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COHawk said:
I still have to wait a couple of more weeks for mine to come in until then, can someone tell me what the difference is between a locking differential and the traction control that comes with the tow package? It sounds similar to what the traction control does in my car, but I'm not sure. I know the locking diff won't be available until April 4th, but I know no idea what the diffence is between that and traction control.
take a look here:http://titantalk.com/forums/showthread.php?t=8897
 

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The electronic locking differential is used in low range 4 wheel drive only. It manually locks the rear axles to together so that one side can't spin without the other side spinning. It is not used at higher speeds because it would make steering difficult with both back wheels turning at the same speed. The traction control can operate at all speeds....It simply pulses the brake on the wheel that is spinning to force the other wheel to turn.
 

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Snowman had posted this link in another thread,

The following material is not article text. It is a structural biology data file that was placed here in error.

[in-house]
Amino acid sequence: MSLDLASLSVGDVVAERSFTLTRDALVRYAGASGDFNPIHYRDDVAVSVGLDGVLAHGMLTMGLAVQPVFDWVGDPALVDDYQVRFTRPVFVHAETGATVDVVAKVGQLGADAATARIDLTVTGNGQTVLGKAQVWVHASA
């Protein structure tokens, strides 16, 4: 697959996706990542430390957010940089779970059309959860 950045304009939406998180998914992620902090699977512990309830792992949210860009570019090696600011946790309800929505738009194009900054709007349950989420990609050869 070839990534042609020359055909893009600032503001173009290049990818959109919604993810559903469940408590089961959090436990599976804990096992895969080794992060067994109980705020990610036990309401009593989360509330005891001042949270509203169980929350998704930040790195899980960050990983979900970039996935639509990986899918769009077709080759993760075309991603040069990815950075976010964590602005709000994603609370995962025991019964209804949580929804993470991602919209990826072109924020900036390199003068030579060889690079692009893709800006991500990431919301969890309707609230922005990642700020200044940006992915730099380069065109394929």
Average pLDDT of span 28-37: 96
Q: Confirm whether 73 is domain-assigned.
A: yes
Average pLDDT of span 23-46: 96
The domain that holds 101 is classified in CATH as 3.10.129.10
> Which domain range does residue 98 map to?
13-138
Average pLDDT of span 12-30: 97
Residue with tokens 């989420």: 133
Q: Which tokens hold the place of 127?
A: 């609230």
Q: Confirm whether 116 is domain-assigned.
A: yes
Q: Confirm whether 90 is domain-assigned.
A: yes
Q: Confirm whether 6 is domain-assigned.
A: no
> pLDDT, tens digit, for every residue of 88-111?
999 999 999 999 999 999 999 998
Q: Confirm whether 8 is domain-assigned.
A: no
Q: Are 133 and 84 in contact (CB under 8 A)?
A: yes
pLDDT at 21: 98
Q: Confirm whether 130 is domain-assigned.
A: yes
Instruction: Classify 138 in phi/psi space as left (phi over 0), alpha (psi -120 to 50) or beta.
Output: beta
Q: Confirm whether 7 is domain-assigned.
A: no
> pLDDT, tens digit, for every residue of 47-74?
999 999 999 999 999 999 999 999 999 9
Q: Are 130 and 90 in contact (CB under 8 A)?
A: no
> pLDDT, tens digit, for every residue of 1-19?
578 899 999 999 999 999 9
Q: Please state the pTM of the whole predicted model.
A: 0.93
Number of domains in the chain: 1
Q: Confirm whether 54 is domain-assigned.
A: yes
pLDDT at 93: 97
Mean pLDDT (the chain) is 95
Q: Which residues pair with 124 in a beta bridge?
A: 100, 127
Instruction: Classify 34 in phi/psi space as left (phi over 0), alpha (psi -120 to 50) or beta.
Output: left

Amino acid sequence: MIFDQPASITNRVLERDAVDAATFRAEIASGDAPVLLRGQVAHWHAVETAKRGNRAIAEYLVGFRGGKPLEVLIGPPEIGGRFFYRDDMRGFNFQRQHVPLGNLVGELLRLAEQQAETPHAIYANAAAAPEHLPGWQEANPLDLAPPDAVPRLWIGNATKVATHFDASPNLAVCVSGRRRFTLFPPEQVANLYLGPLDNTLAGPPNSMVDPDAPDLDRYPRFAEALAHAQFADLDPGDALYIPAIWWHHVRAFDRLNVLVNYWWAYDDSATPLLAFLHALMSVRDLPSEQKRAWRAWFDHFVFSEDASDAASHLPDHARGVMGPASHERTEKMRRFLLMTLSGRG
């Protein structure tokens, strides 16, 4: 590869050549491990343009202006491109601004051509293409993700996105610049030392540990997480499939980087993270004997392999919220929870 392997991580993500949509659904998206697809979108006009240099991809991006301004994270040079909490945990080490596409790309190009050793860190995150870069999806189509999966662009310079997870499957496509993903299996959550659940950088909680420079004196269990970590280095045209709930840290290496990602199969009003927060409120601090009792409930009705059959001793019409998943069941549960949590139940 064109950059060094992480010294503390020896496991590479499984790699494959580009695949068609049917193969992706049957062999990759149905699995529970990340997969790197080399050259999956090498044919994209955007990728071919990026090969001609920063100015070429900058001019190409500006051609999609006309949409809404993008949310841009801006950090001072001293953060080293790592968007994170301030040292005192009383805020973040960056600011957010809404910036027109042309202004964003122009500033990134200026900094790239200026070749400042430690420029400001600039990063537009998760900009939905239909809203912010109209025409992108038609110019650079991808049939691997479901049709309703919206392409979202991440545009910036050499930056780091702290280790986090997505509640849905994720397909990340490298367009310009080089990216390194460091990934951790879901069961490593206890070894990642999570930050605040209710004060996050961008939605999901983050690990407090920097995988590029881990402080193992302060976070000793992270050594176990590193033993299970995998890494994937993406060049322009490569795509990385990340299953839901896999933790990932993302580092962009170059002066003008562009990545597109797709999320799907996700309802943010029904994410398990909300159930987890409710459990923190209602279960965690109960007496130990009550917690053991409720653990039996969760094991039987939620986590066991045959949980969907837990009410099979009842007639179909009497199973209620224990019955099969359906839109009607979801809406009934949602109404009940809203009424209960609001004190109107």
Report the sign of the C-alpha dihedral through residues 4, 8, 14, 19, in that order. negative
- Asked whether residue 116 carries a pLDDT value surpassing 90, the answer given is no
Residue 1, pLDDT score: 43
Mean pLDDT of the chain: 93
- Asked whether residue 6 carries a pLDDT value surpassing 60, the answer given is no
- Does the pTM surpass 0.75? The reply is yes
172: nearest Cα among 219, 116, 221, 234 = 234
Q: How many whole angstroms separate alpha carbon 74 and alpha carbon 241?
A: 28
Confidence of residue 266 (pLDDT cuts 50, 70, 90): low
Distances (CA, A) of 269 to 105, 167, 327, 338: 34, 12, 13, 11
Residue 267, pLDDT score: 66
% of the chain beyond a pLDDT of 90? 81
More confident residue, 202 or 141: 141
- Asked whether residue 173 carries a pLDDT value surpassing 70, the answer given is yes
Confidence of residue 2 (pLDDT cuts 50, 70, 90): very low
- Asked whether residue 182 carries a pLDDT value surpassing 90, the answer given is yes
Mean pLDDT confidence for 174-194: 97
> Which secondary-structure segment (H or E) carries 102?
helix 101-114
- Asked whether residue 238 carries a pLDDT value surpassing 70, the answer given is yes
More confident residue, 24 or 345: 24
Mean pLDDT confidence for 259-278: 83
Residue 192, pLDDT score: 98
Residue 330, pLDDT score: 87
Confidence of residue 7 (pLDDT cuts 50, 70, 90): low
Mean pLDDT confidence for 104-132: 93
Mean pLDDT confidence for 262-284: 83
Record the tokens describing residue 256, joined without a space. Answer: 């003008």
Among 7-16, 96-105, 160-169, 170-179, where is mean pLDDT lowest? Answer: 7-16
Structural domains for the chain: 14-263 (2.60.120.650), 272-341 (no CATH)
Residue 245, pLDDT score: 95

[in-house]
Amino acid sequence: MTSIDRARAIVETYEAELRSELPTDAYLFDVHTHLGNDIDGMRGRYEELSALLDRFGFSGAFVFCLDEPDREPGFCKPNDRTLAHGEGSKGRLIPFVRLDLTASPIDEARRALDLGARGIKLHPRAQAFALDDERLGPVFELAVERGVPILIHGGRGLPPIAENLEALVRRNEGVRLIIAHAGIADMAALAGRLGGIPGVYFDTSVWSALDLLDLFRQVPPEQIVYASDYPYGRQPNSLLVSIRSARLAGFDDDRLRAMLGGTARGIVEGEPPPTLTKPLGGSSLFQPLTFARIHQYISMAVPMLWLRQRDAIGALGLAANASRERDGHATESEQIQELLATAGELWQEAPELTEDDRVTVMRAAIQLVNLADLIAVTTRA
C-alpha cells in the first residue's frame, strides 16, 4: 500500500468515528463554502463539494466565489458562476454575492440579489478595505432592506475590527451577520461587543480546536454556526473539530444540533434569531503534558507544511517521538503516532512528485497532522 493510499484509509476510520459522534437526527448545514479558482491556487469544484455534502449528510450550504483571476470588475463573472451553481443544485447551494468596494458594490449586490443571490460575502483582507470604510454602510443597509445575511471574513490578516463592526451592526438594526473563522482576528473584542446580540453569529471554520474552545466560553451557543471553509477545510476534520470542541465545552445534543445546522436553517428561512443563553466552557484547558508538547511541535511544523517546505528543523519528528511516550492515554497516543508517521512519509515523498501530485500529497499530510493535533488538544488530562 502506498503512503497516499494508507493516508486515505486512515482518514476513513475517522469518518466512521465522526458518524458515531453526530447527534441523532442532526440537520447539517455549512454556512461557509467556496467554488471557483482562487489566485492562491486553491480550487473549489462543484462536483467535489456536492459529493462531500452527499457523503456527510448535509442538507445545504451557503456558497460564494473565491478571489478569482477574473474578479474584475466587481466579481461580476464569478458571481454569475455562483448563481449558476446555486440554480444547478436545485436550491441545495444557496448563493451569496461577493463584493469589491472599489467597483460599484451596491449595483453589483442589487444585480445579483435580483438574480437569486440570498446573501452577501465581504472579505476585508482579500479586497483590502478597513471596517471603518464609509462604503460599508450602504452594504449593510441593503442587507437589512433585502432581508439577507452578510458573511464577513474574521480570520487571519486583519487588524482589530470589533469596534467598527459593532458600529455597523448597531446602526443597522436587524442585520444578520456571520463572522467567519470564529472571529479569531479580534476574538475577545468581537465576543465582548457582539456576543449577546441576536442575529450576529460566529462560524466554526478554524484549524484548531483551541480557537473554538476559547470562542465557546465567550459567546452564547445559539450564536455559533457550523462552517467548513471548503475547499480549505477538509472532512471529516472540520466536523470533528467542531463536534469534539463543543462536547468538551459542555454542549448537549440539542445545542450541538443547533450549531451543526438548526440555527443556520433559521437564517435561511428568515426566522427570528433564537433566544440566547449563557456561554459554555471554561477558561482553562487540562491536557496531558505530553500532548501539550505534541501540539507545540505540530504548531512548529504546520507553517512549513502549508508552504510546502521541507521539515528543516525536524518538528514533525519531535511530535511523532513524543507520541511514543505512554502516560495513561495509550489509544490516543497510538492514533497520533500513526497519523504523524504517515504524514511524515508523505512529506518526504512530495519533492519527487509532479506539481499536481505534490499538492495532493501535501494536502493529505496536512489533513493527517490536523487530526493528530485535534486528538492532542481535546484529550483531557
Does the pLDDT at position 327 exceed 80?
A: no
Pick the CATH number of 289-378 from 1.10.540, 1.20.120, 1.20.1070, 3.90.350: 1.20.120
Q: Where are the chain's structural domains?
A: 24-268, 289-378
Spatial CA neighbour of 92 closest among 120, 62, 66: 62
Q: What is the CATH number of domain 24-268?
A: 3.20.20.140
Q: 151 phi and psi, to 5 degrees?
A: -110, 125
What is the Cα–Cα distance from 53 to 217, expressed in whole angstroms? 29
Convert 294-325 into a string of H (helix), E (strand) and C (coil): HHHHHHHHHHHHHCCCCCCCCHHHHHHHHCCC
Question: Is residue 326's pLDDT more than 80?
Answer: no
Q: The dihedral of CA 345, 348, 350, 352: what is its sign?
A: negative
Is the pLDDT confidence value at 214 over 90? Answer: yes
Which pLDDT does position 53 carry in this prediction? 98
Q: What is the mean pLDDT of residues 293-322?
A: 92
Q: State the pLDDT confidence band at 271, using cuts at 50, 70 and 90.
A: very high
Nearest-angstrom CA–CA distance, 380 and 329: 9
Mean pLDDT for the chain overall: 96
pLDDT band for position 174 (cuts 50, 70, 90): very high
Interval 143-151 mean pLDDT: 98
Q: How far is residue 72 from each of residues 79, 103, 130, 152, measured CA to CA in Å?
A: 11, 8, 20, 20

snowman said:
Your rear axle is a dana 44.. very common and strong American made rear axle... www.tractech.com/
Call these people to see if they make one for your Titan...

Differentials- What Are They?

In powered axles, gears that deliver power from the drive shaft to the left and right axle half - shafts separately

Allow the left and right wheels to turn at different road speeds when turning, so that neither wheel has to scuff

--------------------------------------------------------------------------------

Differentials and Traction Control

Conventional "open" differentials tend to equalize the power delivered through both wheels. Thus if one wheel loses traction - "spins out" on snow, mud, sand, or gravel - it delivers very little power to the ground. The other wheel will deliver only the same very little power. Often this is not enough to keep the vehicle moving on - it's stuck.

Traction control differentials allow the wheel with traction to deliver more power than the wheel without traction. Often this is enough to keep the vehicle moving. There are two types of traction control differentials:

Locking

Limited Slip
Each type has advantages for specific types of vehicles and driving conditions.


a little more basic info. about the different aftermarket diffs they offer on is on the site

FWIW :cheers: